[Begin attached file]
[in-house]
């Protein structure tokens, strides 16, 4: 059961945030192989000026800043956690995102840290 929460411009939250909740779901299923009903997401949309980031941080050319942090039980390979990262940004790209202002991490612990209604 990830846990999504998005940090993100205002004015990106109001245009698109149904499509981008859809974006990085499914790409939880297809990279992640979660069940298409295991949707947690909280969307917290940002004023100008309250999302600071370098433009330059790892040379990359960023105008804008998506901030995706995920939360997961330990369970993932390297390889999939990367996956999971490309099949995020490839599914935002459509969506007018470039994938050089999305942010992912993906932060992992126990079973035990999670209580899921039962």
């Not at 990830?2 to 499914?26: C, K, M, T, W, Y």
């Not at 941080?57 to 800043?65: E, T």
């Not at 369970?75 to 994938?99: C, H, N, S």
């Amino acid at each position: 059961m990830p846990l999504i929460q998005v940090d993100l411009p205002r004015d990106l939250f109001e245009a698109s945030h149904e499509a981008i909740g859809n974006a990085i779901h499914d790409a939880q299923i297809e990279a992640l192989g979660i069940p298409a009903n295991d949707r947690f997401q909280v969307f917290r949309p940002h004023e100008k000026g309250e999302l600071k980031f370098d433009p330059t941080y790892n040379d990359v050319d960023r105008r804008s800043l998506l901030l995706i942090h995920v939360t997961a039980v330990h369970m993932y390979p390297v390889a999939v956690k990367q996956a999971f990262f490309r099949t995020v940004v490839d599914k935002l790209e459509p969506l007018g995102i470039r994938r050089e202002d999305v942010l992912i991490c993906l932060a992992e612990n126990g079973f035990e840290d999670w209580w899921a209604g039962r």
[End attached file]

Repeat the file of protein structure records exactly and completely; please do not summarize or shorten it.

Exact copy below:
[in-house]
């Protein structure tokens, strides 16, 4: 059961945030192989000026800043956690995102840290 929460411009939250909740779901299923009903997401949309980031941080050319942090039980390979990262940004790209202002991490612990209604 990830846990999504998005940090993100205002004015990106109001245009698109149904499509981008859809974006990085499914790409939880297809990279992640979660069940298409295991949707947690909280969307917290940002004023100008309250999302600071370098433009330059790892040379990359960023105008804008998506901030995706995920939360997961330990369970993932390297390889999939990367996956999971490309099949995020490839599914935002459509969506007018470039994938050089999305942010992912993906932060992992126990079973035990999670209580899921039962």
């Not at 990830?2 to 499914?26: C, K, M, T, W, Y």
């Not at 941080?57 to 800043?65: E, T």
């Not at 369970?75 to 994938?99: C, H, N, S």
């Amino acid at each position: 059961m990830p846990l999504i929460q998005v940090d993100l411009p205002r004015d990106l939250f109001e245009a698109s945030h149904e499509a981008i909740g859809n974006a990085i779901h499914d790409a939880q299923i297809e990279a992640l192989g979660i069940p298409a009903n295991d949707r947690f997401q909280v969307f917290r949309p940002h004023e100008k000026g309250e999302l600071k980031f370098d433009p330059t941080y790892n040379d990359v050319d960023r105008r804008s800043l998506l901030l995706i942090h995920v939360t997961a039980v330990h369970m993932y390979p390297v390889a999939v956690k990367q996956a999971f990262f490309r099949t995020v940004v490839d599914k935002l790209e459509p969506l007018g995102i470039r994938r050089e202002d999305v942010l992912i991490c993906l932060a992992e612990n126990g079973f035990e840290d999670w209580w899921a209604g039962r």